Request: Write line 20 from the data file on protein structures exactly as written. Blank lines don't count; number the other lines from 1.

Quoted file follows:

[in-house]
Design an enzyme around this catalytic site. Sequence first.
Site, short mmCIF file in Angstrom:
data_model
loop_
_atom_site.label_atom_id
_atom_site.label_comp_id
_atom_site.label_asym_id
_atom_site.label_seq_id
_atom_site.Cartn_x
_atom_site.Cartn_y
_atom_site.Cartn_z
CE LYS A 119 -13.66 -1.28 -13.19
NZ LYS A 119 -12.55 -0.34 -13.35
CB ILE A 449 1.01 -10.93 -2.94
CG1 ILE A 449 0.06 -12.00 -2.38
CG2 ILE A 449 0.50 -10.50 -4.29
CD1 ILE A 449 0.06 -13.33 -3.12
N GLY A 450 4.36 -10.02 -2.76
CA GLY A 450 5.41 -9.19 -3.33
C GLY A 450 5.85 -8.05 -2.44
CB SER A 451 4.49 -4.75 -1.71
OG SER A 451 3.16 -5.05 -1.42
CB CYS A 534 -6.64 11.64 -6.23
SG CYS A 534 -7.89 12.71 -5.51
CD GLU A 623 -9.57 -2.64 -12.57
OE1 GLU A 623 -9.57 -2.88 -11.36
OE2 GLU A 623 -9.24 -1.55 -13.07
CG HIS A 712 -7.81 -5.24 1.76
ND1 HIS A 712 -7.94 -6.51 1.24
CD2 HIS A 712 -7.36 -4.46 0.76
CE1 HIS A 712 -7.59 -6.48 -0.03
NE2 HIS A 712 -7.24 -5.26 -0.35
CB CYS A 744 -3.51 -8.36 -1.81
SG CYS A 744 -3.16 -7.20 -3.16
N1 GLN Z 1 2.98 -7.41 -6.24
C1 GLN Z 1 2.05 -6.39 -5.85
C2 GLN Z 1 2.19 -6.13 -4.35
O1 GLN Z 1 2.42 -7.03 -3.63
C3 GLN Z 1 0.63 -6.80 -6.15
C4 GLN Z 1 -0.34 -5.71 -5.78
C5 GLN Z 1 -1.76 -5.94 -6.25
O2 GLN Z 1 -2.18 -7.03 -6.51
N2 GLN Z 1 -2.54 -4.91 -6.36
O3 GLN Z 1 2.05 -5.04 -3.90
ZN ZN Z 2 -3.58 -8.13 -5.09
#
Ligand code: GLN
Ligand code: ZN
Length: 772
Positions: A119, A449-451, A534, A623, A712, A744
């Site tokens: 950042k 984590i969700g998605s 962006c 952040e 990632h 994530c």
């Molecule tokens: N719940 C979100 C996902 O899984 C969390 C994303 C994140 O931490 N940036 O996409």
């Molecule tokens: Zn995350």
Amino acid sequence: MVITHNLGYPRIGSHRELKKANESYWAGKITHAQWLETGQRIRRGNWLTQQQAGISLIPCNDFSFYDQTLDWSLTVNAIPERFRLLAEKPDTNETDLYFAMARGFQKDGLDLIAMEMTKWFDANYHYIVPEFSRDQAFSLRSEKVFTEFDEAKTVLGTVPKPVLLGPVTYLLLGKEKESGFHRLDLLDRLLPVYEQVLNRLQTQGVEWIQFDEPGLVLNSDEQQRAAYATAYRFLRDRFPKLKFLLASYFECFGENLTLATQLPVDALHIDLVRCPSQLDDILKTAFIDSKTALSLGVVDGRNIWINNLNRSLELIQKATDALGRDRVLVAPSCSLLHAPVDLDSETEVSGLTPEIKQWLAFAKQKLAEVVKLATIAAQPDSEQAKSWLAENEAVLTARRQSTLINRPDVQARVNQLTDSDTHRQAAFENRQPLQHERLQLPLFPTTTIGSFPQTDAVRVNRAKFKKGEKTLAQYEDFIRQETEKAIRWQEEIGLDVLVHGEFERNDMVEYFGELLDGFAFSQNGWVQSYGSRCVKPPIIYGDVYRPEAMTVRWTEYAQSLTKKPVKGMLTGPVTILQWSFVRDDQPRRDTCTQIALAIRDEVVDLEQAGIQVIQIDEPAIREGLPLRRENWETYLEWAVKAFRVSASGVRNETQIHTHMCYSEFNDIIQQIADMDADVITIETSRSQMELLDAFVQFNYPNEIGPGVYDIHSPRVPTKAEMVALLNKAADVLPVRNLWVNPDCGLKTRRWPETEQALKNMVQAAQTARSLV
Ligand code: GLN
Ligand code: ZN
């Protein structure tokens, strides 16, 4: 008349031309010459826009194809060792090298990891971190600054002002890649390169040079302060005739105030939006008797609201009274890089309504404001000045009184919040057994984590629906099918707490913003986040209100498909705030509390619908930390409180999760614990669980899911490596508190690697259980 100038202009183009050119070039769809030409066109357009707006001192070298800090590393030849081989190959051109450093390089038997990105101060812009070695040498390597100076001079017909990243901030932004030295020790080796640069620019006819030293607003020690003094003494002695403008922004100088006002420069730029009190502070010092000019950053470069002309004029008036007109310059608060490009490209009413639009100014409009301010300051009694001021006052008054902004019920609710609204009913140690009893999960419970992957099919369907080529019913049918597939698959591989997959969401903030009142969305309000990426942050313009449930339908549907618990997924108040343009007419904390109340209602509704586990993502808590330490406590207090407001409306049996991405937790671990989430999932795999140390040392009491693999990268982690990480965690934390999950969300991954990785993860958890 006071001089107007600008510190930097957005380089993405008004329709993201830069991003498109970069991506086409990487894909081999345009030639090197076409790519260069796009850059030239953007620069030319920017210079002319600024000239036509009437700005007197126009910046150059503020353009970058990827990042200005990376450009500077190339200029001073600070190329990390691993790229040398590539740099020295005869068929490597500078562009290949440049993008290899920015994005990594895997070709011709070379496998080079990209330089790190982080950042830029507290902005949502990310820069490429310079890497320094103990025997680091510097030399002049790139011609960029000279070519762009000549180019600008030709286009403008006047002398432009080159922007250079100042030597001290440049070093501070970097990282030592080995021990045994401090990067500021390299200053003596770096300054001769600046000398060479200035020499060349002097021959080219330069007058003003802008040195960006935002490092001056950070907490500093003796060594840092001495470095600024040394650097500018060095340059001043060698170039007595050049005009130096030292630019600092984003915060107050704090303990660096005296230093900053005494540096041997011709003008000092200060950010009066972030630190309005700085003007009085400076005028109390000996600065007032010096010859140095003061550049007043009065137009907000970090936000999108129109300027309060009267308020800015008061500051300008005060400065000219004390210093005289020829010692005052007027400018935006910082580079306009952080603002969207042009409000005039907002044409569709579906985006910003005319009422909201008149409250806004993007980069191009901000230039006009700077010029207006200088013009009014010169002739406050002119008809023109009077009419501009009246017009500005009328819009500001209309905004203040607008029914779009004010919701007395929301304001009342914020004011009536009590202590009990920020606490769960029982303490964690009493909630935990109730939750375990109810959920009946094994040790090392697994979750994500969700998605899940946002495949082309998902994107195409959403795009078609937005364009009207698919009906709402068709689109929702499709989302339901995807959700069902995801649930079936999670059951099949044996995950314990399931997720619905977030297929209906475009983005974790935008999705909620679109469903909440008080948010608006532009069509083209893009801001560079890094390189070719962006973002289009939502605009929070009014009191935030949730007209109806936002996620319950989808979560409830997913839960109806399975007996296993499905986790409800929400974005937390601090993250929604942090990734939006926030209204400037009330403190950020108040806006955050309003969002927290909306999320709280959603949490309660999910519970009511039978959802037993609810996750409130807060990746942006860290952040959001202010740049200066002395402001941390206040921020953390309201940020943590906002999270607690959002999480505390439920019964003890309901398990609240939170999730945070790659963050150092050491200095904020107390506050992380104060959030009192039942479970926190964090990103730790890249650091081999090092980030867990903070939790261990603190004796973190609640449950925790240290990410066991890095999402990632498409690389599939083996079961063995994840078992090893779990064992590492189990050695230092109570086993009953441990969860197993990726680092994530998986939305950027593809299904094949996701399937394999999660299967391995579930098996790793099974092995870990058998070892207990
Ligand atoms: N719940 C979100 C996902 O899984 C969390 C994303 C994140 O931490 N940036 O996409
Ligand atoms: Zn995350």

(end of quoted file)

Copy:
CA GLY A 450 5.41 -9.19 -3.33